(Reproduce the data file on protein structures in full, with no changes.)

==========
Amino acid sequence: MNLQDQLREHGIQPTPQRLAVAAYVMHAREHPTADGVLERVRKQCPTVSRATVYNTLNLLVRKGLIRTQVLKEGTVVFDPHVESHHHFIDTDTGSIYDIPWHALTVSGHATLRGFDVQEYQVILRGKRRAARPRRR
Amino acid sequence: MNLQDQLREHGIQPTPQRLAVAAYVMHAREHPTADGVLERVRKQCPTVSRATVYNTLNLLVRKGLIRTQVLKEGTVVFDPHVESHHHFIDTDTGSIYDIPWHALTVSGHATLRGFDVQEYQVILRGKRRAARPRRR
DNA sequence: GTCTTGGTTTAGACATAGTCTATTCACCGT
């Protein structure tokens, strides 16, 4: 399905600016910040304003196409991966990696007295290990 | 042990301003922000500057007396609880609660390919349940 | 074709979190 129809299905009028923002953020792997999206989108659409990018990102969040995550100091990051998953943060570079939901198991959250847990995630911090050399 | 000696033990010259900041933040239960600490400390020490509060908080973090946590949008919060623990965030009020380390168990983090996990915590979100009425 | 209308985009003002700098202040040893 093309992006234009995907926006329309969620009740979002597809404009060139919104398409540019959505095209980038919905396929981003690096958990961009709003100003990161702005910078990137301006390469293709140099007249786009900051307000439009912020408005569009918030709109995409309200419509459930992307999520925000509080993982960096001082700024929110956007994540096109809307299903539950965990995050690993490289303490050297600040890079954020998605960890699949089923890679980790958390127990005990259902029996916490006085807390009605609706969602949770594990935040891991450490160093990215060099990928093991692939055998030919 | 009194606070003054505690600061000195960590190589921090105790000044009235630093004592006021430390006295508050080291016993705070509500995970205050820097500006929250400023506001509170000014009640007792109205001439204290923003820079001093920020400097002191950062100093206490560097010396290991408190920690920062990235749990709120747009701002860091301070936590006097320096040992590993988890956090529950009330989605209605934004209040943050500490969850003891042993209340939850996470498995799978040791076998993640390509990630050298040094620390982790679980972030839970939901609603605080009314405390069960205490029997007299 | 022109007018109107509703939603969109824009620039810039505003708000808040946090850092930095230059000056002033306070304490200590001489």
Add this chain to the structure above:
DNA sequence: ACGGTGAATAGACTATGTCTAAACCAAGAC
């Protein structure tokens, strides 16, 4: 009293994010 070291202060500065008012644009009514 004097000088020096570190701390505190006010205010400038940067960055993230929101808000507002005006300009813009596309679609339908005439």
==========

Amino acid sequence: MNLQDQLREHGIQPTPQRLAVAAYVMHAREHPTADGVLERVRKQCPTVSRATVYNTLNLLVRKGLIRTQVLKEGTVVFDPHVESHHHFIDTDTGSIYDIPWHALTVSGHATLRGFDVQEYQVILRGKRRAARPRRR
Amino acid sequence: MNLQDQLREHGIQPTPQRLAVAAYVMHAREHPTADGVLERVRKQCPTVSRATVYNTLNLLVRKGLIRTQVLKEGTVVFDPHVESHHHFIDTDTGSIYDIPWHALTVSGHATLRGFDVQEYQVILRGKRRAARPRRR
DNA sequence: GTCTTGGTTTAGACATAGTCTATTCACCGT
């Protein structure tokens, strides 16, 4: 399905600016910040304003196409991966990696007295290990 | 042990301003922000500057007396609880609660390919349940 | 074709979190 129809299905009028923002953020792997999206989108659409990018990102969040995550100091990051998953943060570079939901198991959250847990995630911090050399 | 000696033990010259900041933040239960600490400390020490509060908080973090946590949008919060623990965030009020380390168990983090996990915590979100009425 | 209308985009003002700098202040040893 093309992006234009995907926006329309969620009740979002597809404009060139919104398409540019959505095209980038919905396929981003690096958990961009709003100003990161702005910078990137301006390469293709140099007249786009900051307000439009912020408005569009918030709109995409309200419509459930992307999520925000509080993982960096001082700024929110956007994540096109809307299903539950965990995050690993490289303490050297600040890079954020998605960890699949089923890679980790958390127990005990259902029996916490006085807390009605609706969602949770594990935040891991450490160093990215060099990928093991692939055998030919 | 009194606070003054505690600061000195960590190589921090105790000044009235630093004592006021430390006295508050080291016993705070509500995970205050820097500006929250400023506001509170000014009640007792109205001439204290923003820079001093920020400097002191950062100093206490560097010396290991408190920690920062990235749990709120747009701002860091301070936590006097320096040992590993988890956090529950009330989605209605934004209040943050500490969850003891042993209340939850996470498995799978040791076998993640390509990630050298040094620390982790679980972030839970939901609603605080009314405390069960205490029997007299 | 022109007018109107509703939603969109824009620039810039505003708000808040946090850092930095230059000056002033306070304490200590001489």
Add this chain to the structure above:
DNA sequence: ACGGTGAATAGACTATGTCTAAACCAAGAC
């Protein structure tokens, strides 16, 4: 009293994010 070291202060500065008012644009009514 004097000088020096570190701390505190006010205010400038940067960055993230929101808000507002005006300009813009596309679609339908005439």